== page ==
Levine: It's Tebow Time once more


Levine: It's Tebow Time once more

Not that our opinions actually mattered, but at the start of yesterdays overtime between the Steelers and Broncos, Patriots fans were faced with an interesting question:

Whom would they rather have the Pats play next?

Was it Pittsburgh, with its beaten down defense, no-name running game and quarterback who was now as immobile on the field as he was hide-your-daughters creepy off of it?

Or was it Denv Boom!

Before you could even finish the thought, Tim Tebow hit Demaryius Thomas on an 80-yard score to knock out the Steelers and render the whole argument insignificant. Although, we all wanted Denver anyway, right? Right?!

Of course we did.

Heading into this weekend, the Steelers were the only potential opponent to strike fear in New England's hopes to avoid a fourth straight playoff loss. The Bengals were a joke. Tebow Time had long run out. The Steelers, and only the Steelers, were the team who had a chance to come in and ruin another Patriots' season.

But after watching what Denver did yesterday, are you still that convinced that the Curse of David Tyree I've got copyrights on that, Shaughnessy. Don't even think about it! is ready to run out?

On one hand, you only need to look back as far as Week 15 to realize how capable the Pats are of dominating Denver. Outside of a frustrating first quarter which is the only way these Pats know how to play the opening frame they treated the Broncos like dirt. And that was in Denver, at the height of Tebow Mania, before they lost offensive lineman Chris Kuper for the season and now, very likely, Eric Decker. The Pats destroyed the Broncos when they were at their very best, so it's hard to imagine or expect anything less when the two reconvene on Saturday night.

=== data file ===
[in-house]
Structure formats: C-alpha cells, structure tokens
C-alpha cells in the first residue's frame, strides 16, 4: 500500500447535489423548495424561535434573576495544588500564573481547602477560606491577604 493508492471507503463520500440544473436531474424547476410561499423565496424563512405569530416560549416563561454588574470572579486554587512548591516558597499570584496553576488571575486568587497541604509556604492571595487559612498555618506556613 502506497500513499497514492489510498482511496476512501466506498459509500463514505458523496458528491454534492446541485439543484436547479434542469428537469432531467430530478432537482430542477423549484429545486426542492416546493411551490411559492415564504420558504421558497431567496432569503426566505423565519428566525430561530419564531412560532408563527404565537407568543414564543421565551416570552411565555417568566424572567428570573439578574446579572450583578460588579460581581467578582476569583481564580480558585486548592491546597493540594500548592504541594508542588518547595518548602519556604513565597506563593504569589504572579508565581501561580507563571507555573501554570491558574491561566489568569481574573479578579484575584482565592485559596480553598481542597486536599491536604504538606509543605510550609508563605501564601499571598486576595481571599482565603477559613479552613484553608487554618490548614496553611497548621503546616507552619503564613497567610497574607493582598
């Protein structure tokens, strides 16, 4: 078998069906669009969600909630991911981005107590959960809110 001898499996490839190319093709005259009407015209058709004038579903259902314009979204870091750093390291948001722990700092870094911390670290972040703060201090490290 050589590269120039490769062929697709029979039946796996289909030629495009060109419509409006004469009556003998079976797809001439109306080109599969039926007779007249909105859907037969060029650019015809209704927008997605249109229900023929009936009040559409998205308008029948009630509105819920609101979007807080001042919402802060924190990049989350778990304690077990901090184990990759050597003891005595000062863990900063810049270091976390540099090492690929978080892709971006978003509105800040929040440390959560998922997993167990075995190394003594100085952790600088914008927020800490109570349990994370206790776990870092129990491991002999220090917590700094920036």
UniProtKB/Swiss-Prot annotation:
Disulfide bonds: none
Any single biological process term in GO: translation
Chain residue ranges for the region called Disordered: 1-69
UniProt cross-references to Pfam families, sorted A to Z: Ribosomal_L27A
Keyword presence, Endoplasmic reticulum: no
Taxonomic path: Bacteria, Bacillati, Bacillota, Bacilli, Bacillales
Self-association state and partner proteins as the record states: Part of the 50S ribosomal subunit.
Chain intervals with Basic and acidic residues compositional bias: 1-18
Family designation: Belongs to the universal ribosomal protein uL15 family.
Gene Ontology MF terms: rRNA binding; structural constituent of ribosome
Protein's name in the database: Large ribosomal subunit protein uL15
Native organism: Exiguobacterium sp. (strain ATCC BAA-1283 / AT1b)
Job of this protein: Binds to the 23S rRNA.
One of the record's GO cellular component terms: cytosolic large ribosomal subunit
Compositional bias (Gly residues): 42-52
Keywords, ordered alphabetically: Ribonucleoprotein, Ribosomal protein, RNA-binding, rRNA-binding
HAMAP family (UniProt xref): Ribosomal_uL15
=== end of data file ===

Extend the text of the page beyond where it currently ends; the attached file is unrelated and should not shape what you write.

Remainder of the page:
Then again, regular season success hasn't really helped the Patriots much in recent years. As you know, they've now lost three straight playoff games, and all three came against teams that they'd already beaten that same season. They beat the Giants 38-35 in Week 17 of 2007, and lost in the Super Bowl, 17-14. They beat the Ravens 27-21 in Week 4 of 2009, and lost 33-14 in the playoffs. And most recently (and probably the most comparable situation to this one), the Pats beat the Jets 45-3 in Week 13 last season. You remember that? Remember how that's all anyone could talk about heading into the playoffs? How that game was proof positive that the Jets had absolutely no shot of coming in here and walking away with a win?

The Patriots were 9.5-point favorites heading into that game, and finished up as seven-point losers. On Saturday, they'll take the field as 14-point favorites, and will likely face a very different Denver team than the one they saw in December. The defense has been taken down a peg, the offense has taken a few major injury-related hits. Who knows how Willis McGahee's confidence is after that huge potential-season-ending fumble? And of course, Tebow Time isn't what it once was.

While he may have led his team to another improbable victory, it wasn't anything like those head scratchers from Denver's mid-season run. There were no onside kicks, two point conversions, phantom fumbles or idiots out of bounds. Instead, it was just a solid quarterback playing a relatively sound (and consistent) game against a very good (albeit beaten down) defense. Perhaps that makes him more apt to take on the Patriots, but if anything, the superhuman mystique has certainly worn off. There will be no question in the Pats minds that they're up against a mere mortal. But given recent history, there's also no question that absolutely nothing can be taken for granted. We've been here before. We've assumed too much and been burned in ways that haven't yet healed.

But still, while it might be dangerous to assume the Pats are in for a playoff cake walk against Denver, I'm sure as hell happy they're not playing Pittsburgh.